The controls are well implemented in general. Occasionally, I’d forget what key did what, but that’s more of a personal problem. There aren’t even that many keys to remember. In its simplest terms, combat can boil down to left mouse button to shoot, right mouse button for melee, with a few other keys on top of that. The combat is more about flow of movement than complex combos and the controls reflect that.
The interface is quite minimal too. There’s health bar, ammo counter and an Ultramarines symbol and that is all. When an ‘event’ is happening, small prompts come up. During actual quick time events, they got in the way of seeing the event unfold, because you’re too busy looking for key instructions. This is a complaint against quick time events, more than intrusive key prompts.
The minimal nature of the HUD accentuates the cinematic approach the game is going for, though I was kind of disappointed that there weren’t more in-game references to the myriad of tactical data that Space Marines go in to battle with. That might have been cool. It might also have been confusing, considering Titus doesn’t wear a helmet.
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Battle Cries - Sound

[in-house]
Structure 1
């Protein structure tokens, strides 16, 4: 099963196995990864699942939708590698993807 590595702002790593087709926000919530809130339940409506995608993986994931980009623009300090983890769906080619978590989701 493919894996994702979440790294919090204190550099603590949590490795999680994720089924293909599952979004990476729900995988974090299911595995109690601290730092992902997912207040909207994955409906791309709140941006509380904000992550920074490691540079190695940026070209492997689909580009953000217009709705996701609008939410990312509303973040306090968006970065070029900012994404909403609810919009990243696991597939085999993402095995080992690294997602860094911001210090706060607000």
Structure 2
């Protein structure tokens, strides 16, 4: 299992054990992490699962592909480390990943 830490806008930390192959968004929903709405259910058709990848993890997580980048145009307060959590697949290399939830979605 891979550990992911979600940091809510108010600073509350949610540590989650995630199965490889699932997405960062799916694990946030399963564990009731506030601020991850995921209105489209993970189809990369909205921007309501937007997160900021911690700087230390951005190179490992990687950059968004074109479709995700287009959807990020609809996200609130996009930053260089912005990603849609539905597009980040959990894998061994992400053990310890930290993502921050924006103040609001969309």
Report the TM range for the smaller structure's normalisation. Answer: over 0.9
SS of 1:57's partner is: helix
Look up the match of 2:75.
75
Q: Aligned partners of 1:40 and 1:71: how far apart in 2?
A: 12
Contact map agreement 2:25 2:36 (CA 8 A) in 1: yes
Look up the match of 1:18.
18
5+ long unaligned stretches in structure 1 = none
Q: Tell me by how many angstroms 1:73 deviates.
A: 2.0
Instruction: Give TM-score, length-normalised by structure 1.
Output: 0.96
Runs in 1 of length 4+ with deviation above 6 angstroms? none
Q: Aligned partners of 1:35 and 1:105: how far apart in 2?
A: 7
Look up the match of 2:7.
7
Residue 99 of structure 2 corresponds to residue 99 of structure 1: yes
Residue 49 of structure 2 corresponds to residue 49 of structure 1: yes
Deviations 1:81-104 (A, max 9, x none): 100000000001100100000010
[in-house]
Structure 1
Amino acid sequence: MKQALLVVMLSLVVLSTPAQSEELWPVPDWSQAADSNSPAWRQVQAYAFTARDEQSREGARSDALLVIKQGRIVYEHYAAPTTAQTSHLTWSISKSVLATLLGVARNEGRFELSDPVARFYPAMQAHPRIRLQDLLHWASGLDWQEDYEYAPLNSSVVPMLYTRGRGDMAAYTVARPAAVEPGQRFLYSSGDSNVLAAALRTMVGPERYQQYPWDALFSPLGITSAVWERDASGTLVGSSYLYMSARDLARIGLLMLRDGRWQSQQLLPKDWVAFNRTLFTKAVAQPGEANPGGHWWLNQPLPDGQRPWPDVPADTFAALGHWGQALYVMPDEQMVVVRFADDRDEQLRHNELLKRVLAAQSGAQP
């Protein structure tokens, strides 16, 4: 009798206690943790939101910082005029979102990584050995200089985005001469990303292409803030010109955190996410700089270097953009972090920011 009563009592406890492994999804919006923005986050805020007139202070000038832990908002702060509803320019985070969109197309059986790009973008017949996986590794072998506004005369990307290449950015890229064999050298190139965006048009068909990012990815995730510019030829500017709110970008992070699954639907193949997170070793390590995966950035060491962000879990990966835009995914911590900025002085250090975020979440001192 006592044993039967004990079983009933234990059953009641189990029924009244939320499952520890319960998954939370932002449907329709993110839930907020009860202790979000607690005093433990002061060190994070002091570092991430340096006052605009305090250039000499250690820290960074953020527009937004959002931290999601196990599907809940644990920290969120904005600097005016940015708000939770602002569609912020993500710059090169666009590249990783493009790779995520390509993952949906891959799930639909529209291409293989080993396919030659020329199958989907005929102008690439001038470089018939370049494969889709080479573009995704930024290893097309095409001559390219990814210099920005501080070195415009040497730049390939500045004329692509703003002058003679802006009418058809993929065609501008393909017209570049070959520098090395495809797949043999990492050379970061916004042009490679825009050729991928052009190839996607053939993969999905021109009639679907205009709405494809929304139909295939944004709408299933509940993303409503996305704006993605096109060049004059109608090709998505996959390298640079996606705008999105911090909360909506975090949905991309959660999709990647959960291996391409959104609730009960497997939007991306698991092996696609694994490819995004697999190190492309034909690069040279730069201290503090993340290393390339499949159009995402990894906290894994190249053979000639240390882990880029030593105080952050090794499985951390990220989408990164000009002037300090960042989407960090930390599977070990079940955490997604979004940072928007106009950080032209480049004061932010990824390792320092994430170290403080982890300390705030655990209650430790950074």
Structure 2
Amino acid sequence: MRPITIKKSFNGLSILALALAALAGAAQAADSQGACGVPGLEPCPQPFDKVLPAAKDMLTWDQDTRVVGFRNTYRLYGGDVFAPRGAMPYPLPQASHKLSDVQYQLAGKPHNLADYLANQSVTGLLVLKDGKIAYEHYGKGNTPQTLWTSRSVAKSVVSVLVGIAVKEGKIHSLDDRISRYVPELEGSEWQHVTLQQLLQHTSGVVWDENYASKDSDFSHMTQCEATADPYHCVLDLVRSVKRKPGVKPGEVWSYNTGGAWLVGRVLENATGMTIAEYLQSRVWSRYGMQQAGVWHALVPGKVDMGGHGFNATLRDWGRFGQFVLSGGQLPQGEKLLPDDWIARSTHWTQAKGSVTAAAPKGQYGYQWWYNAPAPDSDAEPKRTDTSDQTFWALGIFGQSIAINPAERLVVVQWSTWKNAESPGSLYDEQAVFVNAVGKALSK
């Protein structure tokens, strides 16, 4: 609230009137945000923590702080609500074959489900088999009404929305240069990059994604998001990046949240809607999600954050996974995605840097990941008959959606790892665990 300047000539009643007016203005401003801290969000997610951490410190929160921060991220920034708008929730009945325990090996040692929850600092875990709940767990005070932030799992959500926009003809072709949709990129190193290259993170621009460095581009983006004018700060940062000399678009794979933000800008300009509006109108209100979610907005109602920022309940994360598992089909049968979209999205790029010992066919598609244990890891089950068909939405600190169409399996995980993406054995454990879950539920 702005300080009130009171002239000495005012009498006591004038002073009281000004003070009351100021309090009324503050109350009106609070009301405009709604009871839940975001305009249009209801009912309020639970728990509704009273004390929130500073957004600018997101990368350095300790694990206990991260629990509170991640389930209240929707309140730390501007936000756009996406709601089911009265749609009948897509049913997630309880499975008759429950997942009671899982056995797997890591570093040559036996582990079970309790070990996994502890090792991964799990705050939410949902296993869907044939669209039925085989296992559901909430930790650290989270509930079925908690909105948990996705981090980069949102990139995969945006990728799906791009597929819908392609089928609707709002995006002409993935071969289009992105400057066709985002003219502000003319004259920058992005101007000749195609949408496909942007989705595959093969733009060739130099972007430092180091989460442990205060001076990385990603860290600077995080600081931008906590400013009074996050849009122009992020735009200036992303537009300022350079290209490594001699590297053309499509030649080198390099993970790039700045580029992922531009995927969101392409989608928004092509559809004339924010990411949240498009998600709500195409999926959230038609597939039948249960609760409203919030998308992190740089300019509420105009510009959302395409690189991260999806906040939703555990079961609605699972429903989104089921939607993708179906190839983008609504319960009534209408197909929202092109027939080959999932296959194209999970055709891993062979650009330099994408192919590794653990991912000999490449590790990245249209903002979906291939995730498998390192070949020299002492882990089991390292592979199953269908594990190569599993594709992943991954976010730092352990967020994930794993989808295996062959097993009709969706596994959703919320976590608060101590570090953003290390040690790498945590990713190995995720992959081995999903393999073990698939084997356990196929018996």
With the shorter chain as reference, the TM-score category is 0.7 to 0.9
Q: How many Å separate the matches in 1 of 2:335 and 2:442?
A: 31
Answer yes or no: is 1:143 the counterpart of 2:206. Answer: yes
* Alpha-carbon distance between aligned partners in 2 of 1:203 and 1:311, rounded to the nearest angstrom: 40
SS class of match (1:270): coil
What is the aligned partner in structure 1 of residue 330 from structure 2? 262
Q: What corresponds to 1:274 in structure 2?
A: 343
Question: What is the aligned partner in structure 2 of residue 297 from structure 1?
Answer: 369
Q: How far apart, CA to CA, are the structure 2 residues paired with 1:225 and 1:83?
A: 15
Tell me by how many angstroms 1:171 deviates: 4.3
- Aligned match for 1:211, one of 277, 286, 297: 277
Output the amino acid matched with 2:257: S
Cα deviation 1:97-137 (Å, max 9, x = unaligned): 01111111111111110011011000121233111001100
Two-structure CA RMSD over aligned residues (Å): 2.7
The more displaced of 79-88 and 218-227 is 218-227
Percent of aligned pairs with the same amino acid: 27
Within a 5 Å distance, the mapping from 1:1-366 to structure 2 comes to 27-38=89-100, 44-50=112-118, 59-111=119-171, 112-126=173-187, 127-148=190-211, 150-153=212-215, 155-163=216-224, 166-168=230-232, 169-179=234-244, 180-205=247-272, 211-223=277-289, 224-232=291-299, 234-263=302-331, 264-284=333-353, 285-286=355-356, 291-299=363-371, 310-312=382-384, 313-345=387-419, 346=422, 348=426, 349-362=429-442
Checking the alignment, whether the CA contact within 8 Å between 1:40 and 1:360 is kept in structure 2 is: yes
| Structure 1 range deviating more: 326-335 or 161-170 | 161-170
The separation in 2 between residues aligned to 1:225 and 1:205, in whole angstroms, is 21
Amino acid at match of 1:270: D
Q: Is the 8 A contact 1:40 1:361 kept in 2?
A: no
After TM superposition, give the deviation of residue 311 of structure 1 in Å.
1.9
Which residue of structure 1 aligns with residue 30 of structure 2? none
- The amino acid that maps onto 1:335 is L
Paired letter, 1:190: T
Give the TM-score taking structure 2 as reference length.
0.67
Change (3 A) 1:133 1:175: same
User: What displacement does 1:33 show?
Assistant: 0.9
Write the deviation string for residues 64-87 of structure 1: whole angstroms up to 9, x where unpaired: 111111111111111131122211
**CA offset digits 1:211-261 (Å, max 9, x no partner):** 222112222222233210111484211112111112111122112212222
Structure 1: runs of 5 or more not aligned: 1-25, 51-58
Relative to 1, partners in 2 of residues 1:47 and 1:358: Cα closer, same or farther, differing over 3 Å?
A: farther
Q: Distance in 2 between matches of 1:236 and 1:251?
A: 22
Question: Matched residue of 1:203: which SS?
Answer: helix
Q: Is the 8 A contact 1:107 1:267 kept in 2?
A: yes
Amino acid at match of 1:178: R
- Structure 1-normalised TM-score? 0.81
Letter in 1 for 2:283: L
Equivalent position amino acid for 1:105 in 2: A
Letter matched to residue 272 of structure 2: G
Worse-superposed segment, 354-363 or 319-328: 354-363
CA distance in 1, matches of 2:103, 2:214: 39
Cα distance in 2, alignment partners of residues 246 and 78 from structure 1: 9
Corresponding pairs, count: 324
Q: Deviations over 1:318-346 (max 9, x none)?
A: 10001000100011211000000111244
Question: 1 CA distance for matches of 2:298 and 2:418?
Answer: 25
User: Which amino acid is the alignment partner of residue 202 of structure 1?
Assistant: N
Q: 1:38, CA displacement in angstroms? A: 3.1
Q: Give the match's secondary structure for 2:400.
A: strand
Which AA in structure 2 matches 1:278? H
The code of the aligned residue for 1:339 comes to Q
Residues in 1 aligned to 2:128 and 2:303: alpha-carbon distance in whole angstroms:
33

The sound design in Space Marine is stellar. It is really, really good. It deserves a great deal of the credit for making the world, the weapons, even power armor sound as authentic and convincing and as right as they do. The exceptional sound design vies with the perhaps even more exceptional score for the honor of the Crux Terminatus; and induction into the Hall of Honor. I mean, best… noisy…thing. Yeah…
The music is all played by an actual, physical orchestra, which is a welcome change from the usual exclusive use of samples in game music. The orchestra adds a layer of nuance that otherwise wouldn’t be there. Initially my opinion was that the score seemed too restrained, considering how Space Marines are always going on about glorious battle and righteous fury and such. That opinion is patently wrong. Maybe it’s the in game mix, maybe it’s my sound setup, or maybe I was just too focused on killing xenos, but I didn’t realize, until I actually took the time to properly listen to it, that the score is incredible. It’s the right mix of grim, dour atmosphere and strident, catchy melody and motif that has honor, duty and grandiose struggle written all over it. There are a great many big budget film scores that aren’t as good as this, but the trillions of dollars it must have taken to make it a reality was well worth it and then some.